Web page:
What we're reading

We just finished a great read & wanted to share our thoughts with you. There are a lot of “organizing” books out there, and most of them are highly focused on the practical and tangible aspects of the process. New Minimalism: Decluttering and Design for Sustainable, Intentional Living has so much more to offer than just the “how to” organizing info. It feels like they speak our language, when it comes to listening and understanding a client’s specific needs before prescribing what to do and how to do it.

“The key to making the decluttering process feel easy and light is to exercise gratitude. We focus on gratitude because it helps root us and makes us feel calm as we enter this process. It is an antidote to anxiety, fear, and shame. Guilt dwells in the past. Gratitude grounds you in the present.”

- New Minimalism, Cary Fortin + Kyle Quilici

They offer a framework of 4 Archetypes that expound on how individuals personally relate to their possessions. The archetypes are used to help express why it’s hard for a particular person to declutter, while keeping the focus on the positive side of how we relate to our things. This framework can be such a helpful tool when learning your own archetype or the archetype of people you live with.

Here’s a real brief overview of the archetypes:

The 4 Archetypes.png

We love the way they offer a process and plan for helping folks declutter and organize, but they do it in a fluid and flexible way that is tailored to each specific client. In our five years of experience, we find this way of organizing is helpful for clients — there is no one right way for everyone to simplify their lives.

Here’s a few other excerpts we loved from the book:

“Here is the place where we can’t help but expound on one of our favorite philosophies: the myth of choice. Somewhere in our cultural evolution toward a consumer heavy lifestyle, some great advertising goddess came up with the brilliant idea that more is better. This idea has become so ingrained in our American ethos that we believe having more options liberates us and allows us to be our most fulfilled and most creative selves. Even that language - liberty and creativity - is at the very core of what we’ve always held to be the cornerstone of enlightened civilization. Yet it has been proven that having more choices does the exact opposite of giving us freedom. It leads us to feel overwhelmed, unsatisfied, and confused.”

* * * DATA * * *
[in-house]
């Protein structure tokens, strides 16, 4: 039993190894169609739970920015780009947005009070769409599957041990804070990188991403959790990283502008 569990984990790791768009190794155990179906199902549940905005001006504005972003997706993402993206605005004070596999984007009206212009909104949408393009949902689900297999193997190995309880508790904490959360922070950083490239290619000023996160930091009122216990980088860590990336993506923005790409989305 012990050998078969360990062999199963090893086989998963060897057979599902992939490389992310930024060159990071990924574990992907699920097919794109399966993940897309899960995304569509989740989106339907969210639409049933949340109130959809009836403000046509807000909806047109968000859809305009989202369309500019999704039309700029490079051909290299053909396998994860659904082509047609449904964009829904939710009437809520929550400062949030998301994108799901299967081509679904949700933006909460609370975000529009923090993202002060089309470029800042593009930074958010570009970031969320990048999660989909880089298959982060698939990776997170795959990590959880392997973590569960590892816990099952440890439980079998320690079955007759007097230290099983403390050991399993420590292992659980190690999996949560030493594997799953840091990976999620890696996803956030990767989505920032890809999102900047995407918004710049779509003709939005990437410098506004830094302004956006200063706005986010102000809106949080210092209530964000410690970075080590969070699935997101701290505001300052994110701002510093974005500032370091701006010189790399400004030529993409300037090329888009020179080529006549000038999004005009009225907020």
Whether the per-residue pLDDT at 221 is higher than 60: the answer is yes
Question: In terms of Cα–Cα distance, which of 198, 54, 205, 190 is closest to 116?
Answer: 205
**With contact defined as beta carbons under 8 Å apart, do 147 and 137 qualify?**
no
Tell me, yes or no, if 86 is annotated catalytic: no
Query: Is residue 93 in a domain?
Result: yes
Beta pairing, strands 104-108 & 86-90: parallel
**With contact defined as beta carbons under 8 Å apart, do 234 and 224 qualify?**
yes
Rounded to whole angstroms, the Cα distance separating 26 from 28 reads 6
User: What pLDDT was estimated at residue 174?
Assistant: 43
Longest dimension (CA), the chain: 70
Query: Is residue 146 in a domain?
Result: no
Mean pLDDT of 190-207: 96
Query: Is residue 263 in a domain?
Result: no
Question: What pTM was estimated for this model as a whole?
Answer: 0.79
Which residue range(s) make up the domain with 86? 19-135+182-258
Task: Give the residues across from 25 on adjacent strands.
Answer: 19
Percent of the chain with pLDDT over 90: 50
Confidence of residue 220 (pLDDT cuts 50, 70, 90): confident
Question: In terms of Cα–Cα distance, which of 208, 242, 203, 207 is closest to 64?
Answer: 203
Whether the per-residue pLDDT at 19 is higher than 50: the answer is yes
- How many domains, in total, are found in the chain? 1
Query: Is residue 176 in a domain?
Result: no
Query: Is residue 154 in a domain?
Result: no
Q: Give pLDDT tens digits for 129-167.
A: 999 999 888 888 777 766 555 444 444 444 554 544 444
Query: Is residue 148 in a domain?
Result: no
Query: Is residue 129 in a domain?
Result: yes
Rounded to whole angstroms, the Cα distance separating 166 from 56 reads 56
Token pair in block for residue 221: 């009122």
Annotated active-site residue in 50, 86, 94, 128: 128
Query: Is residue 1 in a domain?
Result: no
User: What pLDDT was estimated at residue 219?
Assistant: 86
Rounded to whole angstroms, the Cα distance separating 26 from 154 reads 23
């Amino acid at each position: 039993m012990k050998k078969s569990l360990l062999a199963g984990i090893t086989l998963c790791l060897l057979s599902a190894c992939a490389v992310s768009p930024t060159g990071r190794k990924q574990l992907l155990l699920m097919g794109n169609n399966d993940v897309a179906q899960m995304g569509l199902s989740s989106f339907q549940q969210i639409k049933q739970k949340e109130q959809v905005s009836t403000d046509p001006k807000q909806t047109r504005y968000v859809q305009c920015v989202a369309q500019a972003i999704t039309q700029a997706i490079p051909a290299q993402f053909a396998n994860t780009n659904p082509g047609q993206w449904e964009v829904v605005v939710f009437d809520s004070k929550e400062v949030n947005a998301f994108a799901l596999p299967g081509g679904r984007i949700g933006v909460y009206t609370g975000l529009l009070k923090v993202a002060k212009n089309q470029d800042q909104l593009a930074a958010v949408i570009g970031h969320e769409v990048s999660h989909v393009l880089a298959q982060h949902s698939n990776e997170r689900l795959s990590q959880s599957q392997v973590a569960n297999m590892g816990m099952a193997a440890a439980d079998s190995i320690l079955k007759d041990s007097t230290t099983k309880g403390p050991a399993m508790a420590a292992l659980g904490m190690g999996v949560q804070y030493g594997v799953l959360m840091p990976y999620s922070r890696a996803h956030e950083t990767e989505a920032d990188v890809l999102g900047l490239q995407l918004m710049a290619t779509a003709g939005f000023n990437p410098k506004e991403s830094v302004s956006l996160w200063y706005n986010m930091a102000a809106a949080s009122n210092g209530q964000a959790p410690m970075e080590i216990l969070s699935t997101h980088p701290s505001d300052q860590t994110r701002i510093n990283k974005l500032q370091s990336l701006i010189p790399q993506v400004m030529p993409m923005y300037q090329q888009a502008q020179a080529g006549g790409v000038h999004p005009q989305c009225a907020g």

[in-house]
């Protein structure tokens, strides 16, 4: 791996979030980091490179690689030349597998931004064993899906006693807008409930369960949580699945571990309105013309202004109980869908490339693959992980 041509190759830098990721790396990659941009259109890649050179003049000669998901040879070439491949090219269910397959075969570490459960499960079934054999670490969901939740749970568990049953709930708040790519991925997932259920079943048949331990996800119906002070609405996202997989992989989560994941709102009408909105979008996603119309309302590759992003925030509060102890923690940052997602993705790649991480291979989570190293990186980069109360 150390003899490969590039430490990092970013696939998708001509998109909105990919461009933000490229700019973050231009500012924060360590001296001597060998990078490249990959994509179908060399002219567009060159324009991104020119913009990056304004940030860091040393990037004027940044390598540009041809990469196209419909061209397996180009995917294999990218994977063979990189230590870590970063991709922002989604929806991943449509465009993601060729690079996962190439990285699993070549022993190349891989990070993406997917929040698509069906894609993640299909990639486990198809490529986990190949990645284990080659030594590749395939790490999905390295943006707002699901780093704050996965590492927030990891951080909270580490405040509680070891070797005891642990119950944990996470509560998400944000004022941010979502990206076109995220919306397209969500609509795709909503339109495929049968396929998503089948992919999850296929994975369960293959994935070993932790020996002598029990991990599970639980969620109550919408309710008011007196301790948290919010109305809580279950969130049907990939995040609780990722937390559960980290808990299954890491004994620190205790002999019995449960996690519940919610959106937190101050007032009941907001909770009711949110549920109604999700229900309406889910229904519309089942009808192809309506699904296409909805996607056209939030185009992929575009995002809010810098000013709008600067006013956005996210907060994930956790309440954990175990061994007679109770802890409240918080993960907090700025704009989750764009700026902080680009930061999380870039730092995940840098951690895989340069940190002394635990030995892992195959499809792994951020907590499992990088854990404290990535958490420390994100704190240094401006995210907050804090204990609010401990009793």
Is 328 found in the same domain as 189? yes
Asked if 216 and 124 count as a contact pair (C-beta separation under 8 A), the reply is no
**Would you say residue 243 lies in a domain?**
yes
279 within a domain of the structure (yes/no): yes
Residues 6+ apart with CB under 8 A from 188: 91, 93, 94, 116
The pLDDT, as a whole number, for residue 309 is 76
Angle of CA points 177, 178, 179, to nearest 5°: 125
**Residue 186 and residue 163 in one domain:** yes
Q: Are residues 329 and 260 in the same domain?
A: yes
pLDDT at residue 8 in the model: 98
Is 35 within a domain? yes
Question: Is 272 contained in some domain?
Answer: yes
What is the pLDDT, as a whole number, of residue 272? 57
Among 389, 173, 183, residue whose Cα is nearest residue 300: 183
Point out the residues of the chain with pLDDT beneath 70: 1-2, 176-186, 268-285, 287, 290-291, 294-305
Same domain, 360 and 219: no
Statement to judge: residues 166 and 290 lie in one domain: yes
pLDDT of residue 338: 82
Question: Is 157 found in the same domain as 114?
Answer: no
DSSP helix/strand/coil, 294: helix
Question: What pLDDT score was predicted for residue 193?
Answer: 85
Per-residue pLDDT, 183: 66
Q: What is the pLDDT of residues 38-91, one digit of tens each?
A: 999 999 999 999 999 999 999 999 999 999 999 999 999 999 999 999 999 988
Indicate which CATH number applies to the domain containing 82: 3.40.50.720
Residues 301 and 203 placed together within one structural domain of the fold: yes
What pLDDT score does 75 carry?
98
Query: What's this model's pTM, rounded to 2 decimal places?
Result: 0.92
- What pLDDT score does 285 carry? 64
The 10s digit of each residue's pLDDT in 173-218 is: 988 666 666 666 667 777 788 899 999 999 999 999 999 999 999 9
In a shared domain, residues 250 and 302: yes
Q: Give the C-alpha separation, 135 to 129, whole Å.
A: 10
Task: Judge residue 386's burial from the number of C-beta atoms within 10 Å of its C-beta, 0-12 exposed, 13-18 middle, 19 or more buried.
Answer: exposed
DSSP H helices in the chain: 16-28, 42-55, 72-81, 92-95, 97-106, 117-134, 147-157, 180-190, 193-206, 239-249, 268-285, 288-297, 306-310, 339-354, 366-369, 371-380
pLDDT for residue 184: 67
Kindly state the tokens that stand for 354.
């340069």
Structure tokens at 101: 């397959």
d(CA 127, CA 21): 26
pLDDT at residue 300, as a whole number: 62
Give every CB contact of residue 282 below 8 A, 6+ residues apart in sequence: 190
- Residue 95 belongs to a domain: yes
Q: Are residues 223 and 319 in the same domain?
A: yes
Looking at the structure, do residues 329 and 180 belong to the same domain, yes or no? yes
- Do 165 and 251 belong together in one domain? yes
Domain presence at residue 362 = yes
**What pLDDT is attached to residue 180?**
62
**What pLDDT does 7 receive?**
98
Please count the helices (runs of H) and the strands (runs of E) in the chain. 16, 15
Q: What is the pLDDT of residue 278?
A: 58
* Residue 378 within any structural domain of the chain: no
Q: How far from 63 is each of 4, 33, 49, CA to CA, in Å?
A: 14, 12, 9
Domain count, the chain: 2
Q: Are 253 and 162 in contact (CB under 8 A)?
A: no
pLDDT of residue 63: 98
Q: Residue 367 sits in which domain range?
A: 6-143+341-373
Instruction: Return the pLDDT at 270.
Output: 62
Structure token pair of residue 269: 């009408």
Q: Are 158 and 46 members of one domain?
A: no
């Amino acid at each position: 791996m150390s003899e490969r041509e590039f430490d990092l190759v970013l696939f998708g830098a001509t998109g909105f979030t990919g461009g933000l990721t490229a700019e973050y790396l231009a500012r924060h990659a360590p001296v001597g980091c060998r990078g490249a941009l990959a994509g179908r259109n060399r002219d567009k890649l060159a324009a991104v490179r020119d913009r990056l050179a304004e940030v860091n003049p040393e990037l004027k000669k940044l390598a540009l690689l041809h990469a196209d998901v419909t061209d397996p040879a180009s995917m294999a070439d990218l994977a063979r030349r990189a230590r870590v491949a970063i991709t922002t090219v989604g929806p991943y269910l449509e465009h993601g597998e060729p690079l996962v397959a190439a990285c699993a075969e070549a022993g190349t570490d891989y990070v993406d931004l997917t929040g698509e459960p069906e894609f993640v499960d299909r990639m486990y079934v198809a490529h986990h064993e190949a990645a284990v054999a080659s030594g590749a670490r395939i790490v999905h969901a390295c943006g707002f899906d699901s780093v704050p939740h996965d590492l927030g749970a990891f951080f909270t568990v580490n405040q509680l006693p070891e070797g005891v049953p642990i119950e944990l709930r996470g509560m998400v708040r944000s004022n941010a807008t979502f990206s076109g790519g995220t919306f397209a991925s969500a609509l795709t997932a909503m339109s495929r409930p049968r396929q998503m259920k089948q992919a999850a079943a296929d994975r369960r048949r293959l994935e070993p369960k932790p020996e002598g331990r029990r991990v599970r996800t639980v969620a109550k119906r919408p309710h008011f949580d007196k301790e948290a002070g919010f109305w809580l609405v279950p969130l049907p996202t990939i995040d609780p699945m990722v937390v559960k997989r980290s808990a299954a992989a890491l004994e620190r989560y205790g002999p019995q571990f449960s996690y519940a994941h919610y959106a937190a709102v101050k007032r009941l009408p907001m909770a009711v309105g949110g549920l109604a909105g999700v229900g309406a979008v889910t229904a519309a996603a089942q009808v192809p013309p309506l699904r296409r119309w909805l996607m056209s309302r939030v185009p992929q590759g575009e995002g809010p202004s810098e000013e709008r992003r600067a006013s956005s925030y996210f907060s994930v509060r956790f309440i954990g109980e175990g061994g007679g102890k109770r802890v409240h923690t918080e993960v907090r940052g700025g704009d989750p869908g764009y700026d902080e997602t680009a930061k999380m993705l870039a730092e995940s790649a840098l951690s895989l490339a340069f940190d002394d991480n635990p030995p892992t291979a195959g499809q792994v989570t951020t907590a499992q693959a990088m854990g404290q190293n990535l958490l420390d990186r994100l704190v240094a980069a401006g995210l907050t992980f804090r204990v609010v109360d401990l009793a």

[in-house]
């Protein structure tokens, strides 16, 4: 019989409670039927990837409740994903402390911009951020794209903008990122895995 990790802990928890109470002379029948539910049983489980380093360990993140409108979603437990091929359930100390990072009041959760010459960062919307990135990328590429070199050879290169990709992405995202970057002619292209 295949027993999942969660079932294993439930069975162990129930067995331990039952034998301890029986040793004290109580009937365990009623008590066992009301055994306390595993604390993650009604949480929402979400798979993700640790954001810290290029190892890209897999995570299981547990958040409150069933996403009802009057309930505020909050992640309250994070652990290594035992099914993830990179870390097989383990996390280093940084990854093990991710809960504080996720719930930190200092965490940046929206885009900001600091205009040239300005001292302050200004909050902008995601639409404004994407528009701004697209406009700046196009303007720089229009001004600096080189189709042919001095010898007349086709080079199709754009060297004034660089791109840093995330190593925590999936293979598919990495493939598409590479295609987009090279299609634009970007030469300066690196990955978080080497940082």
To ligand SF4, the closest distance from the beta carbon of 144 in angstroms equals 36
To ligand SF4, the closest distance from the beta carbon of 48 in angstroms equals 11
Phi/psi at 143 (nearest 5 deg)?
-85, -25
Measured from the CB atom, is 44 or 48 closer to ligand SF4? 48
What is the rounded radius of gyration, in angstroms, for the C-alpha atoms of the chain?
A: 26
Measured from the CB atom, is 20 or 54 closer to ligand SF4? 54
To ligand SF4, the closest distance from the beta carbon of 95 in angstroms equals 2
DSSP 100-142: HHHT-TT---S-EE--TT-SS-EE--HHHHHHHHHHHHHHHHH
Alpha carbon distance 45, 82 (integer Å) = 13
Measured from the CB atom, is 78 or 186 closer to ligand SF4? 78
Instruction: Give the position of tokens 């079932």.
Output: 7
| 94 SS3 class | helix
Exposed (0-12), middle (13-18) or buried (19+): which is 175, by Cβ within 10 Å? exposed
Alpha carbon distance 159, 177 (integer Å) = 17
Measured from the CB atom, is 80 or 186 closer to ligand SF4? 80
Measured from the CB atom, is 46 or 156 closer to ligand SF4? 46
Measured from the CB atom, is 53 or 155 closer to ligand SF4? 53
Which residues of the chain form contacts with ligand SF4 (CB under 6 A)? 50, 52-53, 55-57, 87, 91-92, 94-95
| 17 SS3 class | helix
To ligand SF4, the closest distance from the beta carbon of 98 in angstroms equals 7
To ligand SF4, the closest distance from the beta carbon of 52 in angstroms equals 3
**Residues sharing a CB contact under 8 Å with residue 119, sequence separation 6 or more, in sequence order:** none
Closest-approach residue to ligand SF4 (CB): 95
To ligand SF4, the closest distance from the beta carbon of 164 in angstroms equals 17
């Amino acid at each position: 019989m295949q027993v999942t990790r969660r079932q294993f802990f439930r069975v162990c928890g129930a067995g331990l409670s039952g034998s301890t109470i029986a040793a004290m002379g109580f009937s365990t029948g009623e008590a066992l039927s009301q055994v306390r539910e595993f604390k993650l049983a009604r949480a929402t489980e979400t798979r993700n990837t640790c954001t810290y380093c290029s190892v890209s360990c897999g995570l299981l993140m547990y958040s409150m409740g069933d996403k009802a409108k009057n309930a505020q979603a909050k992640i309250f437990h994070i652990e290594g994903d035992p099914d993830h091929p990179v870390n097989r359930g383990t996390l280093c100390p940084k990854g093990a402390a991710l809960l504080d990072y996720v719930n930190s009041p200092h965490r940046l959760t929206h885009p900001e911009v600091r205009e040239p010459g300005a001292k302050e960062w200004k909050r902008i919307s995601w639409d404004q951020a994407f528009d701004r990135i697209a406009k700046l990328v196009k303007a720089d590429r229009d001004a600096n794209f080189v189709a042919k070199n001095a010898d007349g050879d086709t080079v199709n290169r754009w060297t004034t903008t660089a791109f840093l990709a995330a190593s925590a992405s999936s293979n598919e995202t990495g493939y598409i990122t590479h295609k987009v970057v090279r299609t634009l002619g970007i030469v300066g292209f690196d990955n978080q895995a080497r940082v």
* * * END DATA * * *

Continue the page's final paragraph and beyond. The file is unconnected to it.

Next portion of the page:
- New Minimalism, Cary Fortin + Kyle Quilici

Cary + Kyle

Cary + Kyle

The gals who wrote this book have a deep appreciation for being conscious consumers, as well as kind to our environment. They even venture to say “ the choices we make in the kitchen, just like the choices we make about our wardrobes, echo through our day and our communities”. We couldn’t agree more with the idea that our choices effect much more than just our own lives and well being.

In regards to mail, they preach the same message we’ve been empowering clients with for a long time… “Make sure that as soon as you get your mail from your box or front door, you open all important pieces, then shred & recycle them once they are no longer needed. If you don’t have time to open your mail, we would recommend leaving it in the mailbox until you do have time, rather than bringing it in and not sorting it. Otherwise piles start to grow”.

We really appreciate the way these women highlight and credit other professionals in the organizing realm, like Marie Kondo & Karen Kingston. This collaborative posture is one we can totally support.

At their best, our homes are a reflection of our hopes, our current values and our history. While having meaningful objects from our pasts can be beautiful, we need to achieve a fine balance, lest we become rooted in our history and unable to move forward into our future.